Our Ecosystem of Relationships In today’s environment, no one can go it alone—the challenges the global community faces are too large and too complex. Our network of strong stakeholder relationships continues to bolster Air Products’ strategic, investment and operating decisions.

CUSTOMERS

C

ustomers are the lifeblood of our organization. Customers come to Air Products for innovative thinking and solutions to their most pressing business challenges. It’s our commitment to quality, safety, fairness, mutual respect and integrity that keep them coming back. The people closest to our customers manage the relationships. Each of our divisions solicits regular feedback and manages customer satisfaction independently. • Our Electronics division uses quarterly, biannual and annual customer scorecards to continuously improve performance and results. Overall scores have improved every year due to aggressive customer alignment initiatives. The business also has a goal of reducing customer complaints by at least 10 percent and resolving them within the customer’s resolution target dates.

•O  ur Performance Materials division tracks and reports customer complaints as a percentage of sales orders. Their goal for 2012 was to achieve a 4 percent or lower target. They came in at 3.3 percent. •M  erchant Gases employs customer feedback surveys as part of their regular operations. Voice of the Customer data is used in Six Sigma initiatives and product development. •O  ur Tonnage business builds onsite facilities, putting them in close contact with customers on a daily basis. They measure satisfaction by the percent of rolled contracts and the volume of new contracts as a percentage of all new awards. In most regions, 100 percent of customers continued their contracts with Air Products. Several new contracts were awarded in 2012 as well. Our business segments are aligned in a shared commitment to customer service. Through our Global Data Privacy policy, we safeguard customers’ personal information and adhere to all data protection requirements in the countries in which we operate. As a result, we have not had any substantial complaints related to breaches of customer privacy or data security. For more information, visit our Customer Support website.

Air Products | 2013 Sustainability Report

10

EMPLOYEES

W

hat is a corporation except a group of people who have come together for a common purpose? For our employees, that purpose is to make a difference. Air Products is committed to providing a work environment where our employees can grow and thrive, bringing their greatest talents to bear on some of the world’s most pressing business and environmental challenges. We provide outstanding career development opportunities in which new employees have the opportunity to rotate through different assignments to accumulate valuable on-the-job experience in various areas of our organization. Our Global Mentoring program connects employees with mentors throughout the organization to build their technical, management and leadership skills. We engage in regular, two-way communications with our employees through leadership dialogue sessions, executive town hall meetings, feedback surveys, “Ask Management” channels on our company intranet, and our CorpNEWS online newsletter. A 2012 Employee Value Proposition survey indicated satisfaction levels in the 75th percentile. For more information, visit our Career website.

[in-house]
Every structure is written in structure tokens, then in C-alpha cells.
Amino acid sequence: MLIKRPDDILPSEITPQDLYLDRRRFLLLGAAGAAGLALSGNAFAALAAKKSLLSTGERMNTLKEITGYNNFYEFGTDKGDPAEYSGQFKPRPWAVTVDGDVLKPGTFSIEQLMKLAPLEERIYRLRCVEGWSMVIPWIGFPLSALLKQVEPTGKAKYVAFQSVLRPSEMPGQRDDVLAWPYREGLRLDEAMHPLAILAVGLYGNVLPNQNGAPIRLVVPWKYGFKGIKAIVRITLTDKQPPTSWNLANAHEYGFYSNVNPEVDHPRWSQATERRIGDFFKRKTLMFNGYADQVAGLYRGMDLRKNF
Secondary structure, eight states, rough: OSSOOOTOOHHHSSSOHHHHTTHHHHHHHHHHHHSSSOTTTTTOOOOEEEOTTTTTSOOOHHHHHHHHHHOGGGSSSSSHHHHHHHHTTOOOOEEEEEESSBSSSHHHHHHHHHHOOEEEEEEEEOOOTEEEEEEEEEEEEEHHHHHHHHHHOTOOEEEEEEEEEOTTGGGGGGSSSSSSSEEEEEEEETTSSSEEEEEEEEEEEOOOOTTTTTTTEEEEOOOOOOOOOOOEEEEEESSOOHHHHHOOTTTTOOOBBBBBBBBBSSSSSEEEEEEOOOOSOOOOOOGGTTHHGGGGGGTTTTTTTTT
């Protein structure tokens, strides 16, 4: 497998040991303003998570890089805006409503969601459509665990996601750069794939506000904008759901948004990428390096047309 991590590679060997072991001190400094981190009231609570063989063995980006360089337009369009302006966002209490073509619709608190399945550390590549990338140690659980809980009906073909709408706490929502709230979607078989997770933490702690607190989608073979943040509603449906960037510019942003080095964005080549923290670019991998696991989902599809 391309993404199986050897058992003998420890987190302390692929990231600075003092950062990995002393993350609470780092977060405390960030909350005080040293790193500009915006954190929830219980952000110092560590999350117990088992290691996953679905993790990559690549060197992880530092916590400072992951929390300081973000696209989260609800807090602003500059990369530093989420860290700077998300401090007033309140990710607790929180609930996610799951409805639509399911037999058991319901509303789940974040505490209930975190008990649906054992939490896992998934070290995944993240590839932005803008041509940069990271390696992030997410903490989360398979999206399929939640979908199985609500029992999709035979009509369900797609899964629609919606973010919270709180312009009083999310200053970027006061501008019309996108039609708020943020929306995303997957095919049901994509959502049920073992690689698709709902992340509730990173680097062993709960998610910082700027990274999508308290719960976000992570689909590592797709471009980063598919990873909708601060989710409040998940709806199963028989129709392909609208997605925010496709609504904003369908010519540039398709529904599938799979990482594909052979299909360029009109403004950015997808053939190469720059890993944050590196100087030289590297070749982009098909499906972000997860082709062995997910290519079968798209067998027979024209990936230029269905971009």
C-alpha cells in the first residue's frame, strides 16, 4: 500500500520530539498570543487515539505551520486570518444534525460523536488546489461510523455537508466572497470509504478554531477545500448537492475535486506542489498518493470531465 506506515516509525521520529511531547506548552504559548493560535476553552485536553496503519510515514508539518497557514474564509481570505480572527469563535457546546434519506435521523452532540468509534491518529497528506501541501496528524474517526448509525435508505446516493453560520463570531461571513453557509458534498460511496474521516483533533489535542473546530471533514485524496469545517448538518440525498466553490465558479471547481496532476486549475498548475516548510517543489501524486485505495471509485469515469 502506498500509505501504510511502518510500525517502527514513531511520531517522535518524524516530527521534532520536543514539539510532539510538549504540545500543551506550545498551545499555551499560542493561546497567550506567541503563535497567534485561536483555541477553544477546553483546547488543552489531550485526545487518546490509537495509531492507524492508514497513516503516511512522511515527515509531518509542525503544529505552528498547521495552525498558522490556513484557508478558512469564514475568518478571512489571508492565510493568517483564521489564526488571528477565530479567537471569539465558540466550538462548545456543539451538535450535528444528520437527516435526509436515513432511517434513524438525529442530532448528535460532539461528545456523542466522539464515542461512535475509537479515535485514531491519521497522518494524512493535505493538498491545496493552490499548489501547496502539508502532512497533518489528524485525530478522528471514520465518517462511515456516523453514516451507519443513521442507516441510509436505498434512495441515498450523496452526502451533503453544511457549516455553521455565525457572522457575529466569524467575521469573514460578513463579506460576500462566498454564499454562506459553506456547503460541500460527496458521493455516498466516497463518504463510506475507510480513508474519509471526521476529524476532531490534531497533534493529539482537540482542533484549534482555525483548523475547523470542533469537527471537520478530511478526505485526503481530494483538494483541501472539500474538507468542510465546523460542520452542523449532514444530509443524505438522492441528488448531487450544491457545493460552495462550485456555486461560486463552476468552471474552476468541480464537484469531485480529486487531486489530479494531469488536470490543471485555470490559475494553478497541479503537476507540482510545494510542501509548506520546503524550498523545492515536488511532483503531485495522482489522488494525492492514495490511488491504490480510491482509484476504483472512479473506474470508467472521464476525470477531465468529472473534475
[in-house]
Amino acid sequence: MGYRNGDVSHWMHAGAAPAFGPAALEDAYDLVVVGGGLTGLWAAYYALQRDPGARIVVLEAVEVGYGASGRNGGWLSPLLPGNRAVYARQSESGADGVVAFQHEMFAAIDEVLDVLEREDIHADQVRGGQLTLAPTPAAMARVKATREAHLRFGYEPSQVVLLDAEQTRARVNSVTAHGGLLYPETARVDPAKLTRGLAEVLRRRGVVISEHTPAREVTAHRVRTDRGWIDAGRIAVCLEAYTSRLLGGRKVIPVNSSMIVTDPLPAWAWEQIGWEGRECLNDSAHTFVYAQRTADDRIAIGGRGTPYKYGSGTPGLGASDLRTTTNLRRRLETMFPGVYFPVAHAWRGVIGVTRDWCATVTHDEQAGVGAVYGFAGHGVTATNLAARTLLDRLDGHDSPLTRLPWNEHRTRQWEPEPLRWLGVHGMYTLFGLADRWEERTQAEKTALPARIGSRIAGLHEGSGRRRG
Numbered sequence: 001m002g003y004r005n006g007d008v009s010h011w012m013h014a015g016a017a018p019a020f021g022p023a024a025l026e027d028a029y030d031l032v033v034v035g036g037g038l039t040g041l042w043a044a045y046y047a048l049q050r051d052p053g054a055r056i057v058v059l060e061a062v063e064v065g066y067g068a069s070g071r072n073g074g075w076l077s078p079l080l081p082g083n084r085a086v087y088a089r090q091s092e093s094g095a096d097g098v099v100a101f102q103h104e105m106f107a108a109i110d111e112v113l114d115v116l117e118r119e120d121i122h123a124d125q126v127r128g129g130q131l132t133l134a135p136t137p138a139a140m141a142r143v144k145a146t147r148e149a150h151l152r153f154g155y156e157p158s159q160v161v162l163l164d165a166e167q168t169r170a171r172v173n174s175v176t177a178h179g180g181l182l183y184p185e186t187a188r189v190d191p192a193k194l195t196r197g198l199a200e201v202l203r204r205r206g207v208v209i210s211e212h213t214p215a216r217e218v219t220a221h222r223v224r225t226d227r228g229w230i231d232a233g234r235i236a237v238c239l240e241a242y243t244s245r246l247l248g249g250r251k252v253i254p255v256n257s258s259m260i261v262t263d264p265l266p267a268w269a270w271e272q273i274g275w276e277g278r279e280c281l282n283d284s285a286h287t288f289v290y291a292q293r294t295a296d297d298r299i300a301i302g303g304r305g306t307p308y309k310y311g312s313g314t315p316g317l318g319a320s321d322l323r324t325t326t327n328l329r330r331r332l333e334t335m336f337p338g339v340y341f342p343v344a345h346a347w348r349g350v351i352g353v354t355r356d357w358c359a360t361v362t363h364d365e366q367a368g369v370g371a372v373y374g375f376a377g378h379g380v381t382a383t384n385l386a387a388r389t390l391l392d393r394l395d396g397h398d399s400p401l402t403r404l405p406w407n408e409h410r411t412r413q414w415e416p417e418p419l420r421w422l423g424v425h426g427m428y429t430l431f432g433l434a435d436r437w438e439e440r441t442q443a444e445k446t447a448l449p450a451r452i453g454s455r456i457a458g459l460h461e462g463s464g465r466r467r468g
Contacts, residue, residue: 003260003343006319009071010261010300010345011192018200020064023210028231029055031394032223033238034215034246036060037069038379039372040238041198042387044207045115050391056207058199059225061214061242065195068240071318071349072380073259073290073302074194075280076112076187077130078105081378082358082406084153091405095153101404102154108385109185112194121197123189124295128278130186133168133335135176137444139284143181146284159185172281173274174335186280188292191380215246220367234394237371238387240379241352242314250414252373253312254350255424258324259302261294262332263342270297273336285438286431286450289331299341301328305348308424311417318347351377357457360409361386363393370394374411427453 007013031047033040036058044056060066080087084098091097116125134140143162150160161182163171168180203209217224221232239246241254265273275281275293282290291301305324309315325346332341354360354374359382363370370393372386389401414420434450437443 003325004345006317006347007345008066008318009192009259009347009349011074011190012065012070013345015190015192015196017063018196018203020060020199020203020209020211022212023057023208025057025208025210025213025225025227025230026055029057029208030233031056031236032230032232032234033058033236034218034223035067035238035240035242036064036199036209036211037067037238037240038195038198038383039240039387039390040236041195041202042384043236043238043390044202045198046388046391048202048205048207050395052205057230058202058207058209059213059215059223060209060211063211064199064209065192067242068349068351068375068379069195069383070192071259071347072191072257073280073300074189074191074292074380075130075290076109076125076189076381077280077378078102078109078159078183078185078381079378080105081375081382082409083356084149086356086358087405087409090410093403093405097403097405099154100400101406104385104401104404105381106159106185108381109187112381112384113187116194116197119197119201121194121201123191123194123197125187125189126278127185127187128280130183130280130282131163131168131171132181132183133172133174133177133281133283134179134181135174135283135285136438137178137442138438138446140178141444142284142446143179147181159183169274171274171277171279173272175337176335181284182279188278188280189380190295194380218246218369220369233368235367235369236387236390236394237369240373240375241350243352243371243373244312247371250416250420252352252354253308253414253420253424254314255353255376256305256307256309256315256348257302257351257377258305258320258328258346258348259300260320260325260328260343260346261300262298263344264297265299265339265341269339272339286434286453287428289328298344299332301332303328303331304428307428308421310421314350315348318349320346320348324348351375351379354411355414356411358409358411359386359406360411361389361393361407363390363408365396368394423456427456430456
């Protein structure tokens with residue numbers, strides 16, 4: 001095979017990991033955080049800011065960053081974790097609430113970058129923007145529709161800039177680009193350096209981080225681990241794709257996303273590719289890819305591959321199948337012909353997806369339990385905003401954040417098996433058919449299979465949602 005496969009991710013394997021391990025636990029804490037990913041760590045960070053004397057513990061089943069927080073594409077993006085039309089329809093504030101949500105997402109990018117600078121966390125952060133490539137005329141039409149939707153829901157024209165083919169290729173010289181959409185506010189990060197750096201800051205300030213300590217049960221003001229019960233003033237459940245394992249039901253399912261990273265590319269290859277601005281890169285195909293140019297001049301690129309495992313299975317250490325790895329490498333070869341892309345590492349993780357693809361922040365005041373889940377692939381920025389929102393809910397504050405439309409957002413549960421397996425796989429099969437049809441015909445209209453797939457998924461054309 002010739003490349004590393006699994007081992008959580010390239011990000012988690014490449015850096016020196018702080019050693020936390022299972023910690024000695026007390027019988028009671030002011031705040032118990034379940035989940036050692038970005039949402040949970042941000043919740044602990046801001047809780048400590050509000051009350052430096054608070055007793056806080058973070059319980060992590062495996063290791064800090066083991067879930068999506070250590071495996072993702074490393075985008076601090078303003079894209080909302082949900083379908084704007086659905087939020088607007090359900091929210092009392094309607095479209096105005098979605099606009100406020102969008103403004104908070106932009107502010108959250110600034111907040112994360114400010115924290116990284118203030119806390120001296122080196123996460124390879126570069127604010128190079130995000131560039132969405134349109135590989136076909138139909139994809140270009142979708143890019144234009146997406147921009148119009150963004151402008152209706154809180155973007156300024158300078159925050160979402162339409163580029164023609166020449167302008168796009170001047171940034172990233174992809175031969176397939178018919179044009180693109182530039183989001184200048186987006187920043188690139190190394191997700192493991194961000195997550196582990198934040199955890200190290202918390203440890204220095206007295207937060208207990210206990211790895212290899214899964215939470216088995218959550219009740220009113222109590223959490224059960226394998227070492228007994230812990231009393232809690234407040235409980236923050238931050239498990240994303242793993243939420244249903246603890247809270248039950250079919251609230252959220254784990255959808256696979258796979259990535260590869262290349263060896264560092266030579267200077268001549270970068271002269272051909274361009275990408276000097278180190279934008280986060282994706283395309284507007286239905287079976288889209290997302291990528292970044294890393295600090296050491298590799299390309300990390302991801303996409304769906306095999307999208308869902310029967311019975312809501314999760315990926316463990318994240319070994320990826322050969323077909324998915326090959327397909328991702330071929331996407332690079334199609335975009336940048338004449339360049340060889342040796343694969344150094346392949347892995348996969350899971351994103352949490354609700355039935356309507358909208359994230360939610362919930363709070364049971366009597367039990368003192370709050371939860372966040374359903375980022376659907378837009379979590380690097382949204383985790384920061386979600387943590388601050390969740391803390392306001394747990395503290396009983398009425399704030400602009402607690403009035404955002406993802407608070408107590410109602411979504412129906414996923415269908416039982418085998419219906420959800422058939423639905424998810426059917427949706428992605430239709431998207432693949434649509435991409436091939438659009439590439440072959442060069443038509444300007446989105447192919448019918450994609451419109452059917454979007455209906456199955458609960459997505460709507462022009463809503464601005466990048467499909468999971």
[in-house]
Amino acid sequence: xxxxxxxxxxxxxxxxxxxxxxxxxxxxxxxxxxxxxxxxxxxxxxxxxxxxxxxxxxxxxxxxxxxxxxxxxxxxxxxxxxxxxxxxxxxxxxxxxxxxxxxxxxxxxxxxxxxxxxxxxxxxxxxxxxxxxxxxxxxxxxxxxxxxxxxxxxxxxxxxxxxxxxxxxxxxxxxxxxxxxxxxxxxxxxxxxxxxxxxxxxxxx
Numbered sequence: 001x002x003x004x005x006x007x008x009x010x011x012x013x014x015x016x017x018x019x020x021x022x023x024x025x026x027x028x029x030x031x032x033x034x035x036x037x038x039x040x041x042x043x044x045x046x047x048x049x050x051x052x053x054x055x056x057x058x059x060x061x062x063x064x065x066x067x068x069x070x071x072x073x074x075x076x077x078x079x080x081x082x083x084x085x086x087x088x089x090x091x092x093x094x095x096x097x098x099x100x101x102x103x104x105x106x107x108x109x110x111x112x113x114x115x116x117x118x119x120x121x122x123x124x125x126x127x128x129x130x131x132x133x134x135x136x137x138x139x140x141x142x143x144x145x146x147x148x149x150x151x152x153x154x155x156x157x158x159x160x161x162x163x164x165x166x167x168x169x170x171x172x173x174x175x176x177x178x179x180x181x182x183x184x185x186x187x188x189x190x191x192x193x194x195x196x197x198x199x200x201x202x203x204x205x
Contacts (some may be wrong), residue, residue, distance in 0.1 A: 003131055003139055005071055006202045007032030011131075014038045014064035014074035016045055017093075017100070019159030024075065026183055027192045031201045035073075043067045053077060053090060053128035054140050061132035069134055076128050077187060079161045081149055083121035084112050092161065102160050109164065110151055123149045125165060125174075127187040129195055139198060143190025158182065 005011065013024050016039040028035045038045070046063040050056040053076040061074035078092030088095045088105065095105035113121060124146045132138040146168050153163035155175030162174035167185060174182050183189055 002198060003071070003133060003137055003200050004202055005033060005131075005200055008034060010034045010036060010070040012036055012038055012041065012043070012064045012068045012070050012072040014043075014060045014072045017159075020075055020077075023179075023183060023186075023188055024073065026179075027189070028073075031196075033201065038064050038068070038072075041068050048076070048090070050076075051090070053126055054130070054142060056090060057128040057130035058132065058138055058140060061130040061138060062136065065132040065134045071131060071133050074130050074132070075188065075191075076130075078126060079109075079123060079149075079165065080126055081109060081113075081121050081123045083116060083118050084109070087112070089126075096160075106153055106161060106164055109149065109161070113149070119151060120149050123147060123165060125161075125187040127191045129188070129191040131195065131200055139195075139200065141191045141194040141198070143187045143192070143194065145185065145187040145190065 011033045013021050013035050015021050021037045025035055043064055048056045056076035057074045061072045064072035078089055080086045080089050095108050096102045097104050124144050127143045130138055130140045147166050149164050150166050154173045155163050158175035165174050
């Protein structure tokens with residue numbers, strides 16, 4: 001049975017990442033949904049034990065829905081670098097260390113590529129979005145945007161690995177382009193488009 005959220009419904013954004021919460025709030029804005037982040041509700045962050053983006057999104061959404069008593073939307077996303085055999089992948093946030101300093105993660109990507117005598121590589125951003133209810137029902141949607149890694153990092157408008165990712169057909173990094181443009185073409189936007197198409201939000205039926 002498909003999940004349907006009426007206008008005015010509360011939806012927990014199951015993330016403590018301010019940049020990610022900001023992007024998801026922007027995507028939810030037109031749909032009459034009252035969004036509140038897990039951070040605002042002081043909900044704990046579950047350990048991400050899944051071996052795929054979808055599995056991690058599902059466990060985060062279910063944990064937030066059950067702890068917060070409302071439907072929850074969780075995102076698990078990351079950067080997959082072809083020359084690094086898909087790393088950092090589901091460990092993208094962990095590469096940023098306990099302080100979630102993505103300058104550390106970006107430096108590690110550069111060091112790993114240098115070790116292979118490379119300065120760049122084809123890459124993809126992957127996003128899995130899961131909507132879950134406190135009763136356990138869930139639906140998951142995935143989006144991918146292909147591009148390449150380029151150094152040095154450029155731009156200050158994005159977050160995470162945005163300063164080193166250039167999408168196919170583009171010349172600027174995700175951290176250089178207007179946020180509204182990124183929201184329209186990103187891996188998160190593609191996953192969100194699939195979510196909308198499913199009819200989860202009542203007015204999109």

RETIREES SUPPLIERS

W

hen it’s time for our colleagues to retire, we not only honor their knowledge and contributions, we give back by providing a number of services that help them transition to and remain active in their retirement. Our Knowledge Retention and Transfer process uses a variety of tools to help retiring employees impart their knowledge. As colleagues approach retirement, we offer outplacement services and planning seminars on topics such as “financial readiness” and “the transition to non-working life.” Our Credit Union also provides contracted services for retirement financial planning. Some of our retirees return to work on a part-time basis through our Supplemental Employment Program, enabling them to work up to 1,000 hours within a fiscal year and collect a salary comparable to what they earned prior to retirement (assuming the work is comparable). Air Products’ network of more than 1,500 retirees across the U.S. is an active part of our extended community. Members of Air Products Retirees association, AIRPro, stay connected through a variety of means and have the opportunity to continue working in local communities through the Air Products (Retiree) Volunteers (APV) organization, which matches retiree volunteers with specific needs in their local communities.

E

very year, we purchase about $6 billion in materials, equipment, power and services from more than 30,000 suppliers worldwide. As an extension of our company and brand, Air Products’ suppliers play a crucial role in delivering to customers each and every day. We look for partners who share our values and commitment to sustainability, and hold them to the same high standards that you would expect from Air Products through our Code of Conduct and Expectations for Suppliers Model. In fact, in 2012 we updated our Supplier Scorecard to include sustainability as an element of evaluating supplier risk. As 50 percent of our total procurement spend is with 270 Tier 1 suppliers, in 2012 we surveyed these top suppliers to better understand the scope and impact of their sustainability performance. Through the survey, we found that nearly two-thirds of responding suppliers have efforts to reduce greenhouse gas emissions, improve their energy efficiency and conserve vital resources. For more information, visit our Suppliers website.

GOVERNMENTS & REGULATORS

P